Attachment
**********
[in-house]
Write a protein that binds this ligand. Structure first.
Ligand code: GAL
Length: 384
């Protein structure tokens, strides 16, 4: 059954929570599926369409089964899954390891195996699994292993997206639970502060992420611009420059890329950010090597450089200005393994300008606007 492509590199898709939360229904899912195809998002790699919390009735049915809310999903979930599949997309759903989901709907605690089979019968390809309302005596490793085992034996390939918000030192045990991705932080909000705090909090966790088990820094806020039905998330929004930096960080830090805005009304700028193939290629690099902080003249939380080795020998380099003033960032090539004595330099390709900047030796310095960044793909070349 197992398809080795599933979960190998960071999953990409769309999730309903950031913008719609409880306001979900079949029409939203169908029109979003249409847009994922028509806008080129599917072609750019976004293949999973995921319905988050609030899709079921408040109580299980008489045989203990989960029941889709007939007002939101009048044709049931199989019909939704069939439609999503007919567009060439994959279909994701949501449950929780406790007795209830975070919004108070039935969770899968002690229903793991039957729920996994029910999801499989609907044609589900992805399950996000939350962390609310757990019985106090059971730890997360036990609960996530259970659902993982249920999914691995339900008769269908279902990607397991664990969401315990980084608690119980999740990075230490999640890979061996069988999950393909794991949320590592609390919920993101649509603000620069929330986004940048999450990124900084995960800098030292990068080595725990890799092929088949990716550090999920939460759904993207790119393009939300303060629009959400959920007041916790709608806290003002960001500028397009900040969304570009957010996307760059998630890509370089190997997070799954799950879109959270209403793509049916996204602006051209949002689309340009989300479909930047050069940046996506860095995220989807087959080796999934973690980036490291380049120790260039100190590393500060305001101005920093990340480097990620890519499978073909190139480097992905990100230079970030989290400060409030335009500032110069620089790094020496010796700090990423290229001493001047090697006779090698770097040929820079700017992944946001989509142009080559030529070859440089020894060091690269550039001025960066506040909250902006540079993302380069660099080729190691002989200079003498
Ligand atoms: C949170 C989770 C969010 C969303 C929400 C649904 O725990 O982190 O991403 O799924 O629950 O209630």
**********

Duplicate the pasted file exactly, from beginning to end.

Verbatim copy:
[in-house]
Write a protein that binds this ligand. Structure first.
Ligand code: GAL
Length: 384
């Protein structure tokens, strides 16, 4: 059954929570599926369409089964899954390891195996699994292993997206639970502060992420611009420059890329950010090597450089200005393994300008606007 492509590199898709939360229904899912195809998002790699919390009735049915809310999903979930599949997309759903989901709907605690089979019968390809309302005596490793085992034996390939918000030192045990991705932080909000705090909090966790088990820094806020039905998330929004930096960080830090805005009304700028193939290629690099902080003249939380080795020998380099003033960032090539004595330099390709900047030796310095960044793909070349 197992398809080795599933979960190998960071999953990409769309999730309903950031913008719609409880306001979900079949029409939203169908029109979003249409847009994922028509806008080129599917072609750019976004293949999973995921319905988050609030899709079921408040109580299980008489045989203990989960029941889709007939007002939101009048044709049931199989019909939704069939439609999503007919567009060439994959279909994701949501449950929780406790007795209830975070919004108070039935969770899968002690229903793991039957729920996994029910999801499989609907044609589900992805399950996000939350962390609310757990019985106090059971730890997360036990609960996530259970659902993982249920999914691995339900008769269908279902990607397991664990969401315990980084608690119980999740990075230490999640890979061996069988999950393909794991949320590592609390919920993101649509603000620069929330986004940048999450990124900084995960800098030292990068080595725990890799092929088949990716550090999920939460759904993207790119393009939300303060629009959400959920007041916790709608806290003002960001500028397009900040969304570009957010996307760059998630890509370089190997997070799954799950879109959270209403793509049916996204602006051209949002689309340009989300479909930047050069940046996506860095995220989807087959080796999934973690980036490291380049120790260039100190590393500060305001101005920093990340480097990620890519499978073909190139480097992905990100230079970030989290400060409030335009500032110069620089790094020496010796700090990423290229001493001047090697006779090698770097040929820079700017992944946001989509142009080559030529070859440089020894060091690269550039001025960066506040909250902006540079993302380069660099080729190691002989200079003498
Ligand atoms: C949170 C989770 C969010 C969303 C929400 C649904 O725990 O982190 O991403 O799924 O629950 O209630």